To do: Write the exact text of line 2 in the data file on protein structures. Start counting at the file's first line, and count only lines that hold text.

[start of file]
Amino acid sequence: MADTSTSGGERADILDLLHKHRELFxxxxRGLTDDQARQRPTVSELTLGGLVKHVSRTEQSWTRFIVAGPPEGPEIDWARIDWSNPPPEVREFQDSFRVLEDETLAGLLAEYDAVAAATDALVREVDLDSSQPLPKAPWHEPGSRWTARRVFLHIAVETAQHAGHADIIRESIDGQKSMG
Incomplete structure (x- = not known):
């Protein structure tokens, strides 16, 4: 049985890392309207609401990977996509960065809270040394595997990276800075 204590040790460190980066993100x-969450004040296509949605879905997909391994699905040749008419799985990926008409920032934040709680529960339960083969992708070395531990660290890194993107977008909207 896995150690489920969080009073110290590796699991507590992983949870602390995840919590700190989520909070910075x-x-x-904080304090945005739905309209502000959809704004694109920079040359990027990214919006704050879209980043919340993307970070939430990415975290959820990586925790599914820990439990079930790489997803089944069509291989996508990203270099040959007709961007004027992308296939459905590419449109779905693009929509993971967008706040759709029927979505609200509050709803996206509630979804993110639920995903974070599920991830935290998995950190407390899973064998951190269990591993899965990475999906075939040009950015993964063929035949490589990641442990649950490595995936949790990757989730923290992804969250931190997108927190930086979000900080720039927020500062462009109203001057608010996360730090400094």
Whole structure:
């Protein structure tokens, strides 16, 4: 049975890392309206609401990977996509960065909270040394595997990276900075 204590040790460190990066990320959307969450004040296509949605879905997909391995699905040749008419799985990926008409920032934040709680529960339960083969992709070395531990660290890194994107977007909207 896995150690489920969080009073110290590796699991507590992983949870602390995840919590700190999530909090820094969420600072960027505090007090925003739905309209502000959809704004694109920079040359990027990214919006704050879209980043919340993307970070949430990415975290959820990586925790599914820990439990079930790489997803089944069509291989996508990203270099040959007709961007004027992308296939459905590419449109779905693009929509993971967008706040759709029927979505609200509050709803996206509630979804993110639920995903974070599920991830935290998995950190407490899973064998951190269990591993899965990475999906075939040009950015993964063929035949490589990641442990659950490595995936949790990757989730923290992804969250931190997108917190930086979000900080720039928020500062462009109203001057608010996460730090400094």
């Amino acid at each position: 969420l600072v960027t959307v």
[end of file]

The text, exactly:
Incomplete structure (x- = not known):